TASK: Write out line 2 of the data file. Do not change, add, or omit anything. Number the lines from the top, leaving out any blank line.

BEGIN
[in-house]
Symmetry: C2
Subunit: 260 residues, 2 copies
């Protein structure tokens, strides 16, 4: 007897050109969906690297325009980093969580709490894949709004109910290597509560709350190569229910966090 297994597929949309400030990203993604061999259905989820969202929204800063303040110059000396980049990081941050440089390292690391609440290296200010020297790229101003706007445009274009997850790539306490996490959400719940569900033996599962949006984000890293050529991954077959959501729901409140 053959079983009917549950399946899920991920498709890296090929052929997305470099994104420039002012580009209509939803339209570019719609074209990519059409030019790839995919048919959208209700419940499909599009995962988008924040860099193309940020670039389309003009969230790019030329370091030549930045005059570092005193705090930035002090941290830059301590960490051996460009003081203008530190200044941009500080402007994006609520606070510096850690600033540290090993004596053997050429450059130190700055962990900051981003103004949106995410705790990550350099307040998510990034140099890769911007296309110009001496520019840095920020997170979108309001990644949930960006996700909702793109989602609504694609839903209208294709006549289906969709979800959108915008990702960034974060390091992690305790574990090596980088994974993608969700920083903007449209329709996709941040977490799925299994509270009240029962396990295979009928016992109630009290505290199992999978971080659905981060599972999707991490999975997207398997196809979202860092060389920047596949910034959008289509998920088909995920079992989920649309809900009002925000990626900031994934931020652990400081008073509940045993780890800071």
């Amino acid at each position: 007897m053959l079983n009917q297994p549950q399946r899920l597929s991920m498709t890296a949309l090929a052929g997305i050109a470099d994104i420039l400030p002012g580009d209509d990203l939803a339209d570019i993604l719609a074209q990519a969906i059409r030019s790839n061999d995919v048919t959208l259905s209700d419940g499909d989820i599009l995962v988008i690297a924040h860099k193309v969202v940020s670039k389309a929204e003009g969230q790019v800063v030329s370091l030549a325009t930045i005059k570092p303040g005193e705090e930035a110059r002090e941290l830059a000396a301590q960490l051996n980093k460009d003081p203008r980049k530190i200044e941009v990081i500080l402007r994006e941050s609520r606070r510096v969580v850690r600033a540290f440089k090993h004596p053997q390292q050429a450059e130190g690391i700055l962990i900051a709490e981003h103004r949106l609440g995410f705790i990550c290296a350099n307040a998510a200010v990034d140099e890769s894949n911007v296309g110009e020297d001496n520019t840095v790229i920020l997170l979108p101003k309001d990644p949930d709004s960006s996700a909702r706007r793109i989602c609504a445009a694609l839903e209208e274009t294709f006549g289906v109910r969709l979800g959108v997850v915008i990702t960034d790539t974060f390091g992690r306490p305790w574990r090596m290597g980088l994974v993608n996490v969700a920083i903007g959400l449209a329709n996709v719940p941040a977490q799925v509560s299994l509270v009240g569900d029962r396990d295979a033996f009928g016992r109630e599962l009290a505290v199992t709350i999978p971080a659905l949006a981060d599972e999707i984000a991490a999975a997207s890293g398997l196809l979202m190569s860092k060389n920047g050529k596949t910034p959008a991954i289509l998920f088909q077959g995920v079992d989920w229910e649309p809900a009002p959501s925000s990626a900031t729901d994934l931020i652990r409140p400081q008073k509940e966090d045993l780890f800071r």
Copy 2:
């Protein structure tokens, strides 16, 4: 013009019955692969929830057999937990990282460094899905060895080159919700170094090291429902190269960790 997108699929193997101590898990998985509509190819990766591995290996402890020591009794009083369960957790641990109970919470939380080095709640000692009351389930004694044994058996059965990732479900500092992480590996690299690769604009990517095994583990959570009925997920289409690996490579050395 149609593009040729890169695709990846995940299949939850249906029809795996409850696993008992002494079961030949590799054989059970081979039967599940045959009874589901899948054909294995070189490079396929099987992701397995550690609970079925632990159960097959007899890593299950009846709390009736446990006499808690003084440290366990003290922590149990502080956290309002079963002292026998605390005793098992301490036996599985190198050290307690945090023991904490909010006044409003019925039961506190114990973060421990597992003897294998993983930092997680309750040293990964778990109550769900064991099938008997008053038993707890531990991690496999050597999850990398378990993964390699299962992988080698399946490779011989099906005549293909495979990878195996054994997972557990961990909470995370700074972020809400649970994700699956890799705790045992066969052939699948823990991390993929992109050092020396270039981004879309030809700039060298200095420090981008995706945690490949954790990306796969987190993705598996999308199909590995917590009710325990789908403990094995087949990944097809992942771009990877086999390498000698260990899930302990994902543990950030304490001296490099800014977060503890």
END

Symmetry: C2